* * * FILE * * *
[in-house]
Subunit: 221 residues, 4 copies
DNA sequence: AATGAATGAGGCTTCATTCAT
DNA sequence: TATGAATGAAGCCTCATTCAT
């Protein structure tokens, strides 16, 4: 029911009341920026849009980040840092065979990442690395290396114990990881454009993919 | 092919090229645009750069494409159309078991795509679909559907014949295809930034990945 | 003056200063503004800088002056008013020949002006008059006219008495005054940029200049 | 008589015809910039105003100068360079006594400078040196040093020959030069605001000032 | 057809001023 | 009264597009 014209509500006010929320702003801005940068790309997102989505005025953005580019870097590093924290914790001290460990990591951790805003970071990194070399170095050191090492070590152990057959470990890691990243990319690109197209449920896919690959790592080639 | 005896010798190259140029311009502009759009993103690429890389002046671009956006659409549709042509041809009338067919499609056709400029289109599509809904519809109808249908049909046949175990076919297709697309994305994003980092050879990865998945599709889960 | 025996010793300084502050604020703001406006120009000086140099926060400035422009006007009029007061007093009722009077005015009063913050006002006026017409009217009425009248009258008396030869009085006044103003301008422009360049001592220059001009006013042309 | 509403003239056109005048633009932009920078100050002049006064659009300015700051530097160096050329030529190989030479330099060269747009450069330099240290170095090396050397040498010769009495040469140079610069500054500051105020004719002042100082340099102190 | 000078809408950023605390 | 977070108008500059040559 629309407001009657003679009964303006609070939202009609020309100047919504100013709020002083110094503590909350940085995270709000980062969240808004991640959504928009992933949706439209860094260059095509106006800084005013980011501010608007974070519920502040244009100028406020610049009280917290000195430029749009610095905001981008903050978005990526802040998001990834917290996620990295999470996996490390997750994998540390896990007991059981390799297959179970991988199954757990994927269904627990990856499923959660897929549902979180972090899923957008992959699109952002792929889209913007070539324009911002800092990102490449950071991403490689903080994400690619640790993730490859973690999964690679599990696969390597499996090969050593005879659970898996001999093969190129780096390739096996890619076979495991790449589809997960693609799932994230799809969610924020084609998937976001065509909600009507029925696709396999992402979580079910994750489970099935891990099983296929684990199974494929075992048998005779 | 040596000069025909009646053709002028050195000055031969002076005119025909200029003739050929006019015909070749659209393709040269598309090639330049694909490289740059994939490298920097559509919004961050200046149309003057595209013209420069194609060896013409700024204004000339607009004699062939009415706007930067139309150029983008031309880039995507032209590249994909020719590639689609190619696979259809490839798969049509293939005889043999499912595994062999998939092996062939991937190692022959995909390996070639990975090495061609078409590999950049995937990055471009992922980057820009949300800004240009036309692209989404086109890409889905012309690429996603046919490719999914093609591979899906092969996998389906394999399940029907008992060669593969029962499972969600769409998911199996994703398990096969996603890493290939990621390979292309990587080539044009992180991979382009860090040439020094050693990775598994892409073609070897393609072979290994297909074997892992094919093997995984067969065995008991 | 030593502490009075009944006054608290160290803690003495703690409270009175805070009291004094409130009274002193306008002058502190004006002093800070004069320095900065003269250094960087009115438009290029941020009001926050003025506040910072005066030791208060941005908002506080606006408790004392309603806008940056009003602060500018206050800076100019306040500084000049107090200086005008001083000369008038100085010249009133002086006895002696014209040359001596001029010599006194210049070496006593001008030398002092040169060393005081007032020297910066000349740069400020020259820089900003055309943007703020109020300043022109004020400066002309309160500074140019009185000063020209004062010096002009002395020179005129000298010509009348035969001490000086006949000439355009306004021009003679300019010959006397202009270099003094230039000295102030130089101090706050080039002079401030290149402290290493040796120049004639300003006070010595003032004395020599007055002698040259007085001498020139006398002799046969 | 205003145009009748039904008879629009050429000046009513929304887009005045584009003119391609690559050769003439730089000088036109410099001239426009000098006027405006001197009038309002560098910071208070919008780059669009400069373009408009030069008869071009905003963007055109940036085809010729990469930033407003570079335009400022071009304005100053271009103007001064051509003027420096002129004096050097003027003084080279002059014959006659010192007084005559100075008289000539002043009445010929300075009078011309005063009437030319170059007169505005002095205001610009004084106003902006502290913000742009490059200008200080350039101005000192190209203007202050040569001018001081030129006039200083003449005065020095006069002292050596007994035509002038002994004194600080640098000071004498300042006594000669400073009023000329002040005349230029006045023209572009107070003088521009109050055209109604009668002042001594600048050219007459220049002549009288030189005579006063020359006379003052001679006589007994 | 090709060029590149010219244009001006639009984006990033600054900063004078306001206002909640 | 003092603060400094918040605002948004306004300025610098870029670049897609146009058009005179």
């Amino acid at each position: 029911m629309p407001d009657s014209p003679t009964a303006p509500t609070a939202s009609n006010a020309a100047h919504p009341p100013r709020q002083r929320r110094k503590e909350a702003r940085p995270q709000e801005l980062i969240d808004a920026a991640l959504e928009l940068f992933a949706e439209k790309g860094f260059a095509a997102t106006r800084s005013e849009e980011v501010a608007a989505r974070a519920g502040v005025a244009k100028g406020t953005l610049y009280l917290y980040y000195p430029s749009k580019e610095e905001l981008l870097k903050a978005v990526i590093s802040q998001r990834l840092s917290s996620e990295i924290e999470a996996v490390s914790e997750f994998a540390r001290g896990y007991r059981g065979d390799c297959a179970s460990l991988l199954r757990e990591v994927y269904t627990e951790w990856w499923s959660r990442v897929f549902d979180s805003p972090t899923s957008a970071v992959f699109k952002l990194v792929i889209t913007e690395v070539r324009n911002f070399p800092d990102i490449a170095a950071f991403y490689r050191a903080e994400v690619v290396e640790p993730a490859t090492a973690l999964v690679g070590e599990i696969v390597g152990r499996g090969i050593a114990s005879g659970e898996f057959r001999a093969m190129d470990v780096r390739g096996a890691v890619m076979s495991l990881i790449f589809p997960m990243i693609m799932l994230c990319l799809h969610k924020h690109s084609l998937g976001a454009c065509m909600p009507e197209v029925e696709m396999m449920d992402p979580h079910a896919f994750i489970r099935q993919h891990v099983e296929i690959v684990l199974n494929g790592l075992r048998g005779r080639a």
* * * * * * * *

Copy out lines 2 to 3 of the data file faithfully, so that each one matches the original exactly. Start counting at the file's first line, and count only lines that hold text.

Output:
Subunit: 221 residues, 4 copies
DNA sequence: AATGAATGAGGCTTCATTCAT